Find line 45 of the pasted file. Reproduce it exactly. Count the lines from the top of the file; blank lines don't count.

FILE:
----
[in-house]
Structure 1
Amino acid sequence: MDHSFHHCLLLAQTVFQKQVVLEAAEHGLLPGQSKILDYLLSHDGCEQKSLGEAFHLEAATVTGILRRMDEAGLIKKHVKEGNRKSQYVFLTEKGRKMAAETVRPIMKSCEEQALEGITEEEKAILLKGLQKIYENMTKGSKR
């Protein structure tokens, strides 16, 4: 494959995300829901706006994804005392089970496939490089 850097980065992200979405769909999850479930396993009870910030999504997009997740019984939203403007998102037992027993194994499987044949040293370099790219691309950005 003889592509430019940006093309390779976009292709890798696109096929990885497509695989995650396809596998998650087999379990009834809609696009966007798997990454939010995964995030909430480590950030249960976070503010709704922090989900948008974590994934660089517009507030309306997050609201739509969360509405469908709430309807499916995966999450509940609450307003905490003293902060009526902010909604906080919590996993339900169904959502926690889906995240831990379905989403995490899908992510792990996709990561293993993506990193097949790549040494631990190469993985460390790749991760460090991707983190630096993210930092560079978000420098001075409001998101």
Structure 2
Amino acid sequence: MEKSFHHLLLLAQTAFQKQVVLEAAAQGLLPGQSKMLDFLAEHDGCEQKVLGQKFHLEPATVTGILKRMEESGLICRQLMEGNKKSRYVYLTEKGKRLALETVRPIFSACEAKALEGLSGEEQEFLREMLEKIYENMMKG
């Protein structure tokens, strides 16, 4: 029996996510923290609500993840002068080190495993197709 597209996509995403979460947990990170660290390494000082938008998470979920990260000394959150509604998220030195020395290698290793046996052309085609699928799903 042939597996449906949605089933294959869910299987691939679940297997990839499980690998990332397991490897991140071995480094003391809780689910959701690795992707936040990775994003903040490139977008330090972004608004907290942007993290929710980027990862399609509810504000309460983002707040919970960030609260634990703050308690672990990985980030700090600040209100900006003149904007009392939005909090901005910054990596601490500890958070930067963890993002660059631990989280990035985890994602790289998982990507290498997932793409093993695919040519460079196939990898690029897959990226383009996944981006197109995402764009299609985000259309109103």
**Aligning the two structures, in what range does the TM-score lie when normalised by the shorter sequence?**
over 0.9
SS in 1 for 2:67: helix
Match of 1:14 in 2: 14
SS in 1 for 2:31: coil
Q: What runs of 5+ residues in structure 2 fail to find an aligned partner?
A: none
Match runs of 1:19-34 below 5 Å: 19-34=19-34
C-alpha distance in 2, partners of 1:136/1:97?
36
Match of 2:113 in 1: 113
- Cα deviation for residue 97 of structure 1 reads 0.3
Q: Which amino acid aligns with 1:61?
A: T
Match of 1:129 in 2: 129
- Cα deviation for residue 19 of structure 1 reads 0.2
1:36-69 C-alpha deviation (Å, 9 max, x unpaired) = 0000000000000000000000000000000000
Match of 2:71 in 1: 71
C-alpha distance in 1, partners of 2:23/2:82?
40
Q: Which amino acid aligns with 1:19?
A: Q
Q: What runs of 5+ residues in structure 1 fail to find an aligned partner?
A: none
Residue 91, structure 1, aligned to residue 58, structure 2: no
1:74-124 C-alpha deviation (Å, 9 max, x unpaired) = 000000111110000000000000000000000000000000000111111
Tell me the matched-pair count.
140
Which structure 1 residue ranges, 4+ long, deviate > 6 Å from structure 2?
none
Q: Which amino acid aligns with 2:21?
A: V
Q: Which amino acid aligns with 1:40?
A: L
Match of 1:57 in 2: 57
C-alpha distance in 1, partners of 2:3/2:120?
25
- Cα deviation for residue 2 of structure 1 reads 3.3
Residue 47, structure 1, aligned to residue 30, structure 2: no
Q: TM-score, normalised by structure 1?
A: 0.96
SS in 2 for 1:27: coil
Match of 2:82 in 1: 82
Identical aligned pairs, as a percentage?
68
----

- Cα deviation for residue 2 of structure 1 reads 3.3